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Unintentional retro day

I am in the process of transferring my domain to another registrar and it’s not going as smoothly as I’d like. So my site is essentially down and instead you get to read this snapshot of it from a couple years back. With luck everything will be back to normal shortly.


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Amal El-Mohtar is joint Queen of Goblin Fruit. She’s a poet, writer, and PhD student in Cornwall (a small envious voice in my head screams “Tintagel” every time I think of that, accurately or not). Her short fiction and poetry have been published in places are varied as Shimmer, Cabinet des Fées, Strange Horizons, Sybil’s Garage and Ideomancer. She won the 2009 Rhysling Award with “Song for an Ancient City“, and she’s in her first year of eligibility for the John W Campbell Award. He collection, The Honey Month, is available from Papavaria Press. And she is also the woman responsible for this line:

“See how swift and clever are their feet, how their lips are sewn with tiny golden bells, how their very breath chimes and shines, the better to spell out the hours of the day in brilliance worthy of the Sun!” (“And Their Lips Rang with the Sun”)

1. You’re being held at gunpoint and forced to choose: poetry or prose?
I’d furiously declaim such a combination of Shakespeare’s plays, Keats’ letters, and Catherynne Valente’s everything that the gun-holder would be forced to stagger back beneath the weight of my refusal to acknowledge hard differences. Then I’d knee him in the nads.

2. Do you ever hate being a writer?
No – but I frequently hate being a lazy writer, or a procrastinating writer, or an inadequate writer.

3. You get to be any fictional character you want for a day, with no consequences who do you choose and where do you go?
The Doctor – and I’d go everywhen and where, leaving silly messages in the past that show up as doorstops or graffiti in my friends’ haunts, en lieu of postcards.

4. You first decided to be a writer when …
… I was seven. I wrote a poem to the moon that rhymed “light” with “plight” and haven’t looked back since.

5. Donuts or danishes?
Donuts if they have a jelly filling; otherwise, danishes, unless the only filling available is lemon. Basically, give unto me the red and purple jams.

She blogeth here.

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Amuses me

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Worlds Next Door

Newly arrived on my doorstep:

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More here.

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The Third Bear by Jeff VanderMeer. It contains one of my favourite stories involving talking rabbits and Ariel Berg at the Sacramento Book Review says (among other things):

Lushly imaginative and thick with atmosphere, the meanings prove elusive while the stories brim with emotions, ranging from horror, alienation, and sorrow to humor, curiosity, and love.  VanderMeer’s stories are provocative marvels which collectively build into something colossally unforgettable.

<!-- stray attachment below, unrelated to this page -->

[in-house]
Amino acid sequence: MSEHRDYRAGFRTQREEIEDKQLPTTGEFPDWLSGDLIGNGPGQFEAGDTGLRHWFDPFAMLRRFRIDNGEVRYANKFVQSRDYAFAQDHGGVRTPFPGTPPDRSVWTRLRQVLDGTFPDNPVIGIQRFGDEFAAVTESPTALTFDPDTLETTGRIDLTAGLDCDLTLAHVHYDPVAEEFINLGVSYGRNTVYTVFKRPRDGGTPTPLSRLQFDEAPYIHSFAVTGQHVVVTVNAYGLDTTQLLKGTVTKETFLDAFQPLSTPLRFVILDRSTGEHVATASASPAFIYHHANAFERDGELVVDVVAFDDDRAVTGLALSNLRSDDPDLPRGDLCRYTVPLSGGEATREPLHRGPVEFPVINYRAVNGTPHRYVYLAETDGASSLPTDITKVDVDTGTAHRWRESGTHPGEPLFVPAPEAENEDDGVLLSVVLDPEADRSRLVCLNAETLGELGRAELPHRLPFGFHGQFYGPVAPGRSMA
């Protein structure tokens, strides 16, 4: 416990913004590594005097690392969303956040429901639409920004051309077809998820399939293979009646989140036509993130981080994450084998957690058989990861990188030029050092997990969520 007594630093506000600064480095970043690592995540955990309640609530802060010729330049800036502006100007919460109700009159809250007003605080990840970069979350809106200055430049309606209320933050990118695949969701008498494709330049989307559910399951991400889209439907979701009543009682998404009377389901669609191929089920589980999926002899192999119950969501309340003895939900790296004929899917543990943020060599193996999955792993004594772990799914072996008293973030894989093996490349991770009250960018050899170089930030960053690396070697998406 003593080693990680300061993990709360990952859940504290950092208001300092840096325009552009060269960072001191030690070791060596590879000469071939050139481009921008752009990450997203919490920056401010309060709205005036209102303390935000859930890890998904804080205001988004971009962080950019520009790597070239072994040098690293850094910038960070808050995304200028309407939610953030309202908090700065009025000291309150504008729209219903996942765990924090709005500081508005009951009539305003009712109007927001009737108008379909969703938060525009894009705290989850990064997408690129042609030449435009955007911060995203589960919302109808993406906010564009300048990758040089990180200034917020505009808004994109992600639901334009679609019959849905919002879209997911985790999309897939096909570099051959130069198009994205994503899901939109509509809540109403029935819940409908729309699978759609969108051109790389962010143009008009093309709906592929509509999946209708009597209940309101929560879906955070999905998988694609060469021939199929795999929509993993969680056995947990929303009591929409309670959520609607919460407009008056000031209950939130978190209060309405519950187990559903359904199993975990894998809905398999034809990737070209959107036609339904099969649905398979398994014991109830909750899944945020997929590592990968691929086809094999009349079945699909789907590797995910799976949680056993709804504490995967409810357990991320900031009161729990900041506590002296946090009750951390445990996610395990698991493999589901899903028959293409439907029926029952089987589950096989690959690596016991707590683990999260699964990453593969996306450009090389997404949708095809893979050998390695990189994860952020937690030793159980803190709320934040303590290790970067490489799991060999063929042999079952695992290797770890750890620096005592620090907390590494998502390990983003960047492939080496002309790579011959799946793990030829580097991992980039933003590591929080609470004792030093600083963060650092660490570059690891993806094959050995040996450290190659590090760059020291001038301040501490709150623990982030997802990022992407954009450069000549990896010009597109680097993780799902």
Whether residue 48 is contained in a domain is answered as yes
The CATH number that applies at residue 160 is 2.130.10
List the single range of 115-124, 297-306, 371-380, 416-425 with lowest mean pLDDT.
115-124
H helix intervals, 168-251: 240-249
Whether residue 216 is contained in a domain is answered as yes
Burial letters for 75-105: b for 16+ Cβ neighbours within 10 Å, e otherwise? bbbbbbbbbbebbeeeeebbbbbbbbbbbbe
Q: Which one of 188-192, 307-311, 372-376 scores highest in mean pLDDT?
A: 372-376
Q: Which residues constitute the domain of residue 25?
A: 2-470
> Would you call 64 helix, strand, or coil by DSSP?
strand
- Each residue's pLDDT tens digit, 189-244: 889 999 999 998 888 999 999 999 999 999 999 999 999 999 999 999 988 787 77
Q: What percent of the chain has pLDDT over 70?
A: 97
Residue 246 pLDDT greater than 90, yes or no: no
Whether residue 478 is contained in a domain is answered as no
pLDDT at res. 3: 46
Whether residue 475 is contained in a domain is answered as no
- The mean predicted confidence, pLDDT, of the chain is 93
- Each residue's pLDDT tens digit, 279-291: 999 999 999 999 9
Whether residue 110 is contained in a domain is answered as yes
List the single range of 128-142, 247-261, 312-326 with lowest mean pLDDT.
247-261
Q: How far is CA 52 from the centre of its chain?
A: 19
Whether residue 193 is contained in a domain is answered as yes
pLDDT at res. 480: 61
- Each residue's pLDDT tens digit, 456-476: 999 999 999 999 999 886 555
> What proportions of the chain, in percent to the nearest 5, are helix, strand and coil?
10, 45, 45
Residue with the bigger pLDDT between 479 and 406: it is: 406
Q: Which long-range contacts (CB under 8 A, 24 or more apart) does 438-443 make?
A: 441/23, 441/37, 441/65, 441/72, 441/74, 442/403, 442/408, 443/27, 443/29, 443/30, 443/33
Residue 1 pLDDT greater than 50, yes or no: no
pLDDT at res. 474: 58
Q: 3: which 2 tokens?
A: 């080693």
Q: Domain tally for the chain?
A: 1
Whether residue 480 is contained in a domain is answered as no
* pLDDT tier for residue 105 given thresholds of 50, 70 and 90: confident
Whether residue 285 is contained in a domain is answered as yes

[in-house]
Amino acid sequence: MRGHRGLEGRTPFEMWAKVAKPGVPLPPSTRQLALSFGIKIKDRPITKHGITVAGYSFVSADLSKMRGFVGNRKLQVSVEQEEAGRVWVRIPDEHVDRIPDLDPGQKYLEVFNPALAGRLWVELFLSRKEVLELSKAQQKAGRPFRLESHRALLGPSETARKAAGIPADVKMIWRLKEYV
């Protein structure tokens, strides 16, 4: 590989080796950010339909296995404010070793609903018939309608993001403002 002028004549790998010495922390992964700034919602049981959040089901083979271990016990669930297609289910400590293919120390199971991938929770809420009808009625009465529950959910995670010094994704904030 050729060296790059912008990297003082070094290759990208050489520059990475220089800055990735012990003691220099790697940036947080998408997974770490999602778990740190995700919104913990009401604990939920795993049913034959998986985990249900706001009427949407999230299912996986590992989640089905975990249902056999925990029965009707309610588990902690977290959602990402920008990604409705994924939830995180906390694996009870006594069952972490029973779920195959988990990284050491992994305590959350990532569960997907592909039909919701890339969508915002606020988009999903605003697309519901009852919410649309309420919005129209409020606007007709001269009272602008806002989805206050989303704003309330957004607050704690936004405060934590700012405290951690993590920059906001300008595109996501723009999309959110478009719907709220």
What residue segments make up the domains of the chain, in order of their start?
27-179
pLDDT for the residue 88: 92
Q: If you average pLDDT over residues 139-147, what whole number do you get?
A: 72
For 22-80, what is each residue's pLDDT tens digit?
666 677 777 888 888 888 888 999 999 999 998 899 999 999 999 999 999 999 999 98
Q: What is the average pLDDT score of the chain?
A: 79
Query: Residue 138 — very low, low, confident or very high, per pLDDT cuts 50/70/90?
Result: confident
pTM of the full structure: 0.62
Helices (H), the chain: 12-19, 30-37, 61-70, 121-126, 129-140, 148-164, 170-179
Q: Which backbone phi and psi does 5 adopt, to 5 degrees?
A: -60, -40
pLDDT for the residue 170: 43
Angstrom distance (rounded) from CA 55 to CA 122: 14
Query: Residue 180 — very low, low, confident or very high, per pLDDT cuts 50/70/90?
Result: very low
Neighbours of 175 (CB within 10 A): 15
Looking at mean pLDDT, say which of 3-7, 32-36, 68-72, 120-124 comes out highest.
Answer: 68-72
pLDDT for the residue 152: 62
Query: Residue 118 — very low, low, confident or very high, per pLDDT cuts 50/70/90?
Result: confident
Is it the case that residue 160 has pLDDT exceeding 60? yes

The rest lives here http://sacramentobookreview.com/poetry_short_stories/the-third-bear/

Oh, and what the hell, here’s a bonus VanderDrive-by, complete with the invention of a new kind of baked goods:

  1. All stories can be improved by the addition of … stealth and the reduction of speed.
  2. If I wasn’t writing I would be … hiking.
  3. My wife is smarter than me because … I am stupid.
  4. If I could be any fictional character for a day, with no consequences attached, I would be the protagonist of Alice in Wonderland, because I’ve never taken magic mushrooms.
  5. Donuts (or doughnuts) or danishes? Dannuts.


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… by Maggie Stiefvater (via Tansy Rayner Roberts). I like this post because it’s sensible and it puts responsibility for the writing, or lack thereof, squarely where it belongs – with the writer. Even if you don’t have kids, you can still find ways to waste time and make excuses for not writing (“Mmmmm, what’s that? Oh, yes, I will get to that chapter in a mo, but the bathroom desperately needs to be decorated with a mosaic referencing those of the baths of Herculaneun. Oh, yes, it must be done.”)

So back when I asked people what they’d like to hear me post about, I got a ton of a requests for a post about time management. The thing is, I feel a little weird about posting about it, because I don’t feel like an expert. An expert is someone who knows how to do something well, who makes it look effortless, and me. . . well, I could’ve had this post finished twenty minutes ago, but I got distracted watching Sponge Bob Square Pants while drinking my breakfast tea.
The rest lives here http://m-stiefvater.livejournal.com/159357.html

So basically, this: I don’t feel qualified as an expert. Time management is still something that I constantly have to work at — it’s not like washing dishes, which I’m perfectly certain I can accomplish. It’s more like writing, where each day is a new project I’m not sure I can pull off.

I think I get a lot done. But I don’t think it’s easy for me. I think that’s the best way to put it. I can joke about it being about caffeine and cookie dough or an inability to sit still, but what it comes down to is: it’s hard. I have to work at it. Anyone who thinks otherwise will be let down.

With that said, here are my basic principles of time management.

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